Tag: Authenticity


It’s Time to Start Having Honest Conversations

This post strays a little bit from my normal blogging, but it’s been something on my mind lately that I need to hash out on my keyboard.

We have a problem with trust in organizations today. Nothing earth shattering about that statement.  I personally believe it’s closely connected (unfortunately) to a much larger issue of trust in today’s world. I can’t blame anyone for feeling this widespread lack of trust. Our trust has been broken…too many times in recent years…often by tragic events…leaving us feeling vulnerable, yet also determined to look out for ourselves and those we love the most.  This sometimes comes at the expense of not developing relationships with those we don’t know.

The larger issue of lack of trust in today’s world deserves its own series of blog posts (and more!) that I cannot provide, nor am I qualified to provide. What I can do though is reflect on how I’ve seen this lack of trust play out in organizational life and offer at least one suggestion for how we can start making it better.

I’ve been working in some facet of organizational development for more than 10 years, most recently running an OD consulting practice. I’ve had the distinct pleasure of working with organizations of all different sizes, industries and global footprints, and I can say that all of them (and they would agree) could benefit from making one thing a priority:

Developing the ability within their employees to have honest conversations with each other.


Honest conversations. They’re not easy. If they were, we wouldn’t have so many performance issues, miscommunication, ambiguous expectations and unclear definitions of success. As a consultant, I’ve seen this play out in a different light than when I was working inside organizations. I’m now hearing the honest conversations as an unbiased third party, but I’m the wrong person for them to be directed to.

One of many things we can do to increase levels of trust within our organizations is to start being honest with each other. We have to start somewhere, and I believe one place we can all make a difference is by making a personal commitment to have honest conversations with our colleagues, managers, and team members.

Try it this week. I venture to bet you’ll feel a sense of relief and will also realize more constructive outcomes than you’ve possibly had in years. What’s holding you back? Let’s work together to reframe our discussions in the workplace. Back to the basics with this one. #honesty

5 Lessons Business Leaders Can Learn From High Schoolers [Video]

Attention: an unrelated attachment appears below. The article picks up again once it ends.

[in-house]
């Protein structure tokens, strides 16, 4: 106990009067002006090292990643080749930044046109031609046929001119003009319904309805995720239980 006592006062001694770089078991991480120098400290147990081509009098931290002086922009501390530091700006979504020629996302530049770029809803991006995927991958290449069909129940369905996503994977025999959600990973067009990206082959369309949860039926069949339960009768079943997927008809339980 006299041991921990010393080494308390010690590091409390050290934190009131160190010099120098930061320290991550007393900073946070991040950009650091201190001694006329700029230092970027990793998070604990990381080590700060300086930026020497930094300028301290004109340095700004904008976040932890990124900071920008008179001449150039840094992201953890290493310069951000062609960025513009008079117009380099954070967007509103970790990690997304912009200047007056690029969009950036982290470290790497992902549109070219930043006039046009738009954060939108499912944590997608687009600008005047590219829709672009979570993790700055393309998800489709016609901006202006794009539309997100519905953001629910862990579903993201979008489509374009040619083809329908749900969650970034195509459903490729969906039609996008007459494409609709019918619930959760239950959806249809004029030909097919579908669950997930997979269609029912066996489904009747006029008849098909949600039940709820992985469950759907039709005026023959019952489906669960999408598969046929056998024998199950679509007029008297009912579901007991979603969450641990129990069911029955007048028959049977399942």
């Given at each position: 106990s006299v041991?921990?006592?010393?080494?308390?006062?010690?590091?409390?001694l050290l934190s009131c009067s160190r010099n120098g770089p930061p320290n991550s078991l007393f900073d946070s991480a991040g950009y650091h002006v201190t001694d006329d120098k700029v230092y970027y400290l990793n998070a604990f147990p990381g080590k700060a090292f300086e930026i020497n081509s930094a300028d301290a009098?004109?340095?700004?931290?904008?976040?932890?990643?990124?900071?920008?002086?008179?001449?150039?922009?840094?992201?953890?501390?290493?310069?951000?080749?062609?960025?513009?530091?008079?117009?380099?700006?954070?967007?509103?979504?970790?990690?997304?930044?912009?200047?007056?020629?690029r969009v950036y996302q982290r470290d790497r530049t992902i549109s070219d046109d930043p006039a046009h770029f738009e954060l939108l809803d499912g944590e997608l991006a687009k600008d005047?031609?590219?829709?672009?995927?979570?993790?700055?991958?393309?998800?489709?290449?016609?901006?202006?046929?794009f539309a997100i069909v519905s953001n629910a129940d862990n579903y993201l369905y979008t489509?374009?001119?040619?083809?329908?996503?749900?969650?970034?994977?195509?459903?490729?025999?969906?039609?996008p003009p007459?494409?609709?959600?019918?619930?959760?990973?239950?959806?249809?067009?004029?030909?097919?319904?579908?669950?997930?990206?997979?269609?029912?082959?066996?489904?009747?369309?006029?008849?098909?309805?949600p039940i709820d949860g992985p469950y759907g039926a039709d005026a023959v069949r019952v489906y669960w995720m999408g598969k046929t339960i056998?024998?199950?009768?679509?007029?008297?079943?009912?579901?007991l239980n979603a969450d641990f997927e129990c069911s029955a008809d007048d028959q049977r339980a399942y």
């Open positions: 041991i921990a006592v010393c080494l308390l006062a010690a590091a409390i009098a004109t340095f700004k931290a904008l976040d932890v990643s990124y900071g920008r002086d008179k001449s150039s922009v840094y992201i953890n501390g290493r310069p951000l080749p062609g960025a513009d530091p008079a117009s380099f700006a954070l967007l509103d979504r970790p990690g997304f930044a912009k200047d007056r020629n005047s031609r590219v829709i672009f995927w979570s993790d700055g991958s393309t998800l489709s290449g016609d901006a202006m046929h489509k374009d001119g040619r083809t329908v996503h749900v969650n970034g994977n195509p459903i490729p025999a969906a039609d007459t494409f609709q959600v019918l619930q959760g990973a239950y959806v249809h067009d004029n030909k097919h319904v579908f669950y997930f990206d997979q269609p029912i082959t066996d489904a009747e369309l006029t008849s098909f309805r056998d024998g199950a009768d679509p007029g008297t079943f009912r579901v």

What can business leaders learn from this 5 minute high school spirit video? A Lot!!!

Lakewood High School Lip Dub 2013 – Roar from Lakewood High School on Vimeo.

Lessons learned:

  • Team spirit leads to school spirit (i.e., engage at the functional/team level and advocacy for the broader organization will naturally follow). Students proudly displayed their unique Senate, Soccer, Tennis, Bridge, and Drama swag, but in unison for the greater good of the entire school and community.
  • Encourage affinity groups to convene. People like to connect with other people who have similar values, experiences, and interests. What are you doing to enable these connections at your organization? One of Maslow’s needs is Social/Belonging – it’s a human need that must be met before esteem and self-actualization can be reached. And HUMANS work for you, not ROBOTS.
  • Your employees have a life outside of work (crazy, I know!). Did you notice a few parents and younger children in the video? Do you host open houses or other family-friendly events at your workplace? Your employees will likely be proud to share some of their 9-5 with the other half of their life.  It will allow them to be more authentic in the workplace if they’ve shared the personal side of their lives with their teammates. Plus, you’ll only be gaining more ambassadors for your company!
  • Engagement doesn’t happen without leadership.  Someone had to “let” this happen. Students likely came to the “powers that be” with an idea, and luckily they listened, sought to understand, were open to trying new things, and were okay with taking a risk.
  • It’s okay to let loose, have a little fun, and let your unique personality shine through.  Be authentic and don’t be afraid of what other people will think (you might just be a male swimmer with a closet desire to shake your booty in your speedo on camera!). On a more serious note, let your guard down every now and then around your team and just be yourself.

And yes, these are the types of things that run through my head while watching clips like this – just trying to keep it real! Anything to add? Please share!